“We also continue to work closely with community groups who welcome the opportunity for someone who is not here legally to leave the country of their own accord.”

This row follows another Home Office publicity campaign which used vans driven across six London boroughs displaying the slogan, “In the UK illegally? Go home or face arrest.”

Ministers were threatened with legal action from clients of migrant community groups who claimed that the rhetoric on the posters breached the government’s duties under equality legislation.

PROMOTED VIDEO
Have you tried new the Independent Digital Edition apps?
News
ebooksNow available in paperback
Latest stories from i100
Have you tried new the Independent Digital Edition apps?
Independent Dating
and  

By clicking 'Search' you
are agreeing to our
Terms of Use.

iJobs Job Widget
iJobs General

Reach Volunteering: Financial Trustee and Company Secretary

Voluntary Only - Expenses Reimbursed: Reach Volunteering: A trustee (company d...

Recruitment Genius: Senior Project Manager

£45000 - £65000 per annum: Recruitment Genius: This is a fantastic opportunity...

Recruitment Genius: Shopfitter

Negotiable: Recruitment Genius: This is an opportunity to join a successful an...

Recruitment Genius: Digital Sales Account Manager

£25000 - £30000 per annum: Recruitment Genius: A Digital Sales Account Manager...

Day In a Page

Mau Mau uprising: Kenyans still waiting for justice join class action over Britain's role in the emergency

Kenyans still waiting for justice over Mau Mau uprising

Thousands join class action over Britain's role in the emergency
Isis in Iraq: The trauma of the last six months has overwhelmed the remaining Christians in the country

The last Christians in Iraq

After 2,000 years, a community will try anything – including pretending to convert to Islam – to avoid losing everything, says Patrick Cockburn
Black Friday: Helpful discounts for Christmas shoppers, or cynical marketing by desperate retailers?

Helpful discounts for Christmas shoppers, or cynical marketing by desperate retailers?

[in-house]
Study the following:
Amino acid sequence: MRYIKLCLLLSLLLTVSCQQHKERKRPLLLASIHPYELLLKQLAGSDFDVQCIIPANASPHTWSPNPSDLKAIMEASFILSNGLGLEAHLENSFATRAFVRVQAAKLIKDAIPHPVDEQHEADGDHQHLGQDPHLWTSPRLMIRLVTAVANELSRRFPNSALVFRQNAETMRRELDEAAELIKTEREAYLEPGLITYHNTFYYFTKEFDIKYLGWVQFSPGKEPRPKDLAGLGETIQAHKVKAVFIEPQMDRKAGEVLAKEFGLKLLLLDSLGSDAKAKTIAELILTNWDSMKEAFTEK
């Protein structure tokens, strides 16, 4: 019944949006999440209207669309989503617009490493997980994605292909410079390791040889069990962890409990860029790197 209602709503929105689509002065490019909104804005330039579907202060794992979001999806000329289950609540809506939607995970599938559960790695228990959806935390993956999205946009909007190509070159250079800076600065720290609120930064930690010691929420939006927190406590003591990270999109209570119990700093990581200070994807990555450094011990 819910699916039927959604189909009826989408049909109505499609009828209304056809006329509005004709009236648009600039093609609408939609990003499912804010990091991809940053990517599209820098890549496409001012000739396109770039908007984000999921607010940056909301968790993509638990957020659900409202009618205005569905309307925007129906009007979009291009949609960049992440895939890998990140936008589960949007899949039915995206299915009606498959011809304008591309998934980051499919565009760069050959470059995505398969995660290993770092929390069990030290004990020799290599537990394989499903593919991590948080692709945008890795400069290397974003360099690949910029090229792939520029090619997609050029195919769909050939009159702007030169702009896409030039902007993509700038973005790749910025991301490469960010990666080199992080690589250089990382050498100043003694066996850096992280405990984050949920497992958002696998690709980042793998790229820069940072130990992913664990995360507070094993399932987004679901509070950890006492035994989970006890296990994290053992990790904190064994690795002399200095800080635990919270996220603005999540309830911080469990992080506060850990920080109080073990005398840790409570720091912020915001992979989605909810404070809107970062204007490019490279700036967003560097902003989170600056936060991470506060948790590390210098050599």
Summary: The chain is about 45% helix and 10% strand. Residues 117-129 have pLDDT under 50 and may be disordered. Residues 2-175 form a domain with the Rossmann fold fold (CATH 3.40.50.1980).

Britain braced for Black Friday
Bill Cosby's persona goes from America's dad to date-rape drugs

From America's dad to date-rape drugs

Stories of Bill Cosby's alleged sexual assaults may have circulated widely in Hollywood, but they came as a shock to fans, says Rupert Cornwell
Clare Balding: 'Women's sport is kicking off at last'

Clare Balding: 'Women's sport is kicking off at last'

As fans flock to see England women's Wembley debut against Germany, the TV presenter on an exciting 'sea change'
Oh come, all ye multi-faithful: The Christmas jumper is in fashion, but should you wear your religion on your sleeve?

Oh come, all ye multi-faithful

The Christmas jumper is in fashion, but should you wear your religion on your sleeve?
Dr Charles Heatley: The GP off to do battle in the war against Ebola

The GP off to do battle in the war against Ebola

Dr Charles Heatley on joining the NHS volunteers' team bound for Sierra Leone
Flogging vlogging: First video bloggers conquered YouTube. Now they want us to buy their books

Flogging vlogging

First video bloggers conquered YouTube. Now they want us to buy their books
Saturday Night Live vs The Daily Show: US channels wage comedy star wars

Saturday Night Live vs The Daily Show

US channels wage comedy star wars
When is a wine made in Piedmont not a Piemonte wine? When EU rules make Italian vineyards invisible

When is a wine made in Piedmont not a Piemonte wine?

When EU rules make Italian vineyards invisible
Look what's mushrooming now! Meat-free recipes and food scandals help one growing sector

Look what's mushrooming now!

Meat-free recipes and food scandals help one growing sector
Neil Findlay is more a pink shrimp than a red firebrand

More a pink shrimp than a red firebrand

The vilification of the potential Scottish Labour leader Neil Findlay shows how one-note politics is today, says DJ Taylor
Bill Granger recipes: Tenderstem broccoli omelette; Fried eggs with Mexican-style tomato and chilli sauce; Pan-fried cavolo nero with soft-boiled egg

Oeuf quake

Bill Granger's cracking egg recipes
Terry Venables: Wayne Rooney is roaring again and the world knows that England are back

Terry Venables column

Wayne Rooney is roaring again and the world knows that England are back
Michael Calvin: Abject leadership is allowing football’s age-old sores to fester

Abject leadership is allowing football’s age-old sores to fester

Those at the top are allowing the same issues to go unchallenged, says Michael Calvin